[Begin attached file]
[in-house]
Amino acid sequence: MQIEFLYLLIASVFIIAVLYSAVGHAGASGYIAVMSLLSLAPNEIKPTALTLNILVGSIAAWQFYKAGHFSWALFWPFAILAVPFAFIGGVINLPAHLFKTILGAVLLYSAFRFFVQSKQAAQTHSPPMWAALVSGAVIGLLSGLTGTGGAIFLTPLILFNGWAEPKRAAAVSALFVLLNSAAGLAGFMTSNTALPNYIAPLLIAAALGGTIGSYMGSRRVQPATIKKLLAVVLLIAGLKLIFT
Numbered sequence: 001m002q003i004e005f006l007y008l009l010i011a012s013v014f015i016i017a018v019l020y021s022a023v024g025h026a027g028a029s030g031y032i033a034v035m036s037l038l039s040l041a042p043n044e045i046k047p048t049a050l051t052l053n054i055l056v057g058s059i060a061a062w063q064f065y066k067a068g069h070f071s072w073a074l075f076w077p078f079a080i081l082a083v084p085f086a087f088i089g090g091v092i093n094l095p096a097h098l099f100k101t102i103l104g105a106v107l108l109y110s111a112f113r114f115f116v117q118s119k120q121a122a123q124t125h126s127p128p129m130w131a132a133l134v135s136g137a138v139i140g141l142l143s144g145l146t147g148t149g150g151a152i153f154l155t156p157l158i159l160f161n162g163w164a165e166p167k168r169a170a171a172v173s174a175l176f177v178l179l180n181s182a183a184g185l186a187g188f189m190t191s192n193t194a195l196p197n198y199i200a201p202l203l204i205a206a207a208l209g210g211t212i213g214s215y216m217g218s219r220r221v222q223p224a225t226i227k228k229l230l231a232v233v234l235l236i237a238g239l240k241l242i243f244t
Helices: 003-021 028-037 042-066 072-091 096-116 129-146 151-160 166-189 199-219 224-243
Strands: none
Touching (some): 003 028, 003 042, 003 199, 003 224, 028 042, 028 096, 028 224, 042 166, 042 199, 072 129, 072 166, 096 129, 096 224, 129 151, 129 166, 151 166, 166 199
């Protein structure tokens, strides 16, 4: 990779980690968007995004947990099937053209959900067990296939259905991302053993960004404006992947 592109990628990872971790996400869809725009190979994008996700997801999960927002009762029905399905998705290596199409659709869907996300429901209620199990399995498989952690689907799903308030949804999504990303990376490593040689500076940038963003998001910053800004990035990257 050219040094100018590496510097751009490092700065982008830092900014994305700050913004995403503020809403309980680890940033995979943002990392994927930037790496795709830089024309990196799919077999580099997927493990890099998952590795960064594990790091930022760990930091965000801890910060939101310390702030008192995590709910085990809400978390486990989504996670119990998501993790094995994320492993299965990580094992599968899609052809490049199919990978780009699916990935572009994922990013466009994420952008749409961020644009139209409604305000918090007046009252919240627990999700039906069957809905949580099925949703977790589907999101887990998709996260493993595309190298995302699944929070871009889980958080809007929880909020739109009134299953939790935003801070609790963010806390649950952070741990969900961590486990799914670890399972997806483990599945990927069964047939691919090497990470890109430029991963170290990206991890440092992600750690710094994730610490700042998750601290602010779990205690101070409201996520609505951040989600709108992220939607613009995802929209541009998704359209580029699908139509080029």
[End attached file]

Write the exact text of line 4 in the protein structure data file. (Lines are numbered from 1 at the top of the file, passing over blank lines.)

Helices: 003-021 028-037 042-066 072-091 096-116 129-146 151-160 166-189 199-219 224-243